Peanuts owner found him months earlier wandering the streets and just decided to keep him. Not knowing much about dogs and not having much money he did not realize what bad shape this little Pekingese was in.
When he took him to a groomer, they were very alarmed and said “he needs to go to the vet immediately”. Peanut was in distress, his testicles were enlarged and nearly dragging
on the ground and very black. His entire private area was swollen, Peanut was not well. The owner called the Animal Care Network so we picked him up immediately. Peanut
was taken to our veterinarian where it was determined that he had testicular cancer and was very sick. It had spread too far and we had to make the heartbreaking decision of having little Peanut humanely euthanized. We did not want him to suffer any longer. Sadly this could have potentially been prevented by something as simple as getting him neutered.
Rest in peace little Peanut, we are sorry that we got to you too late.
How can testicular cancer be prevented?
Testicular tumors are easily prevented through routine castration of male dogs.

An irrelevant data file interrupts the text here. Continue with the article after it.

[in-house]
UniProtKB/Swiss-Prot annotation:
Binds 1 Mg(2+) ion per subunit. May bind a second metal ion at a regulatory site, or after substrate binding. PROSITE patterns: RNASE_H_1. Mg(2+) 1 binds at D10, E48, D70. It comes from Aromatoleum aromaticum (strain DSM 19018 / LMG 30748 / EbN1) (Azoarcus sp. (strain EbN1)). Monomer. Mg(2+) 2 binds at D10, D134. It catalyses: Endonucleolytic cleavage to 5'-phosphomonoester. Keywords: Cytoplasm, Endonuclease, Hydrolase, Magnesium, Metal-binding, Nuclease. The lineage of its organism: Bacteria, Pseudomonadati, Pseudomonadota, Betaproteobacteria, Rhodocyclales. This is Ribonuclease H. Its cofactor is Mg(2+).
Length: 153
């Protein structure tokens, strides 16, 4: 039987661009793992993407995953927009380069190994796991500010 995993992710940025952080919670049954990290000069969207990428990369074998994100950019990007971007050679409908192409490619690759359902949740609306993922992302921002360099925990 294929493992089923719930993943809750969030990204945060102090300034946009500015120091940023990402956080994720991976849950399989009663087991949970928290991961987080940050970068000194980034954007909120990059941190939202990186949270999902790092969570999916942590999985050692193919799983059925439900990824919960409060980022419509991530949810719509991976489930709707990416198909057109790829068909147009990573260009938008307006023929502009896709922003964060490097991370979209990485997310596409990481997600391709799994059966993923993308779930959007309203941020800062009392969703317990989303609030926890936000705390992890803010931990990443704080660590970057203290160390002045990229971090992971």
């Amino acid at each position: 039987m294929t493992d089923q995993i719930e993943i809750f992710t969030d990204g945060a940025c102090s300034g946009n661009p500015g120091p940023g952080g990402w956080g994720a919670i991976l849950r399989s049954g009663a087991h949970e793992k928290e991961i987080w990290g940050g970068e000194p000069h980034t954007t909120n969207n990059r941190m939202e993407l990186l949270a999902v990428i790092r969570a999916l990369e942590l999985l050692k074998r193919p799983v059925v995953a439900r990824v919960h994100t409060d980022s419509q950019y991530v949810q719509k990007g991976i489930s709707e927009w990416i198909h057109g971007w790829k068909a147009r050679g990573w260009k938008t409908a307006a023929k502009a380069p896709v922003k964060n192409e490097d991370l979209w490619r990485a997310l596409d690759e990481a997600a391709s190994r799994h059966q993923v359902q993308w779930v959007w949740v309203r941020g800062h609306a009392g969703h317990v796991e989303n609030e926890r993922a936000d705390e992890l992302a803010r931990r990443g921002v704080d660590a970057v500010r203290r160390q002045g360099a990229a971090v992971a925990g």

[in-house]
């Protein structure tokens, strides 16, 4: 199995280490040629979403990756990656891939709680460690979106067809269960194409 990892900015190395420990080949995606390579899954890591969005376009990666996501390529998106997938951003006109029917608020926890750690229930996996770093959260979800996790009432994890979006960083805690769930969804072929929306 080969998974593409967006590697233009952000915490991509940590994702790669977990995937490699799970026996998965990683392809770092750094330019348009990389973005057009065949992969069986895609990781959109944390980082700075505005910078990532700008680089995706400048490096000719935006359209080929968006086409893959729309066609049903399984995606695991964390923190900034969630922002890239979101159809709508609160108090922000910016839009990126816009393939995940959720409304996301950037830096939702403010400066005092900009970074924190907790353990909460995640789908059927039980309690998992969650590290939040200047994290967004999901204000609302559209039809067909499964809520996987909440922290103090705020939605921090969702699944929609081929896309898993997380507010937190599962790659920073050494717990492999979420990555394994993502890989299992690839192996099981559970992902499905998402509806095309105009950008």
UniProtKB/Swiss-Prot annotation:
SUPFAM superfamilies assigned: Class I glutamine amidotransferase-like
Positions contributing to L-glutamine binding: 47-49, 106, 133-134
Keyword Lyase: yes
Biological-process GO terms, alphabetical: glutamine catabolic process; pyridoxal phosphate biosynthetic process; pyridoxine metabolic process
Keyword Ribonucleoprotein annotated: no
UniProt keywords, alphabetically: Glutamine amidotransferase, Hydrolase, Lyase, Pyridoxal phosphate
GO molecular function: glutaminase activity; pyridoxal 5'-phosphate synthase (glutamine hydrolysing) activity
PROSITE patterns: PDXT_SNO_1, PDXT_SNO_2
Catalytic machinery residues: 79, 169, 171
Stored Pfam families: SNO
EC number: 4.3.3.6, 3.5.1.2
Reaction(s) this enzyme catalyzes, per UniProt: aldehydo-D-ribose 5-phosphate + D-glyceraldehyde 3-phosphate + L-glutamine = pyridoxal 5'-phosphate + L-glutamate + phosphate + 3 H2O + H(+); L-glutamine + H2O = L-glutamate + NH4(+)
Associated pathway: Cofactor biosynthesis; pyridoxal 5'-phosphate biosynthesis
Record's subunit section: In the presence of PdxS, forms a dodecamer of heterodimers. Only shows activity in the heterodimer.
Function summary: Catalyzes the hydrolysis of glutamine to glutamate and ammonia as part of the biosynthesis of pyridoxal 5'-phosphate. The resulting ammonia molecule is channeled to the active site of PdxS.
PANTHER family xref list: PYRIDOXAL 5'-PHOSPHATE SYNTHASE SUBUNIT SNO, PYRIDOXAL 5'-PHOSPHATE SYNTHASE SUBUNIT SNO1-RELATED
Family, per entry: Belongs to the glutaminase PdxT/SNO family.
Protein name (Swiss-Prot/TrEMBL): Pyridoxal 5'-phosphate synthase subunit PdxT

Castration in young dogs prevents aggression, roaming, urine marking, and a variety
of other unwanted male behaviors. The surgery is safe and relatively inexpensive
and in the long run saves the owner money. Dogs that are used for breeding can be
castrated when they are no longer used for breeding. Dogs that are cryptorchid should
always be castrated and the owner should insist that both testicles be removed.
Since cryptorchidism is considered to be an inherited trait, cryptorchid dogs should
never be used for breeding. Because the retained testicle is 13 times more likely to
develop a tumor, it should always be removed.
Testicular cancer is easily prevented, and with good castration policies could be virtually eliminated from the canine population.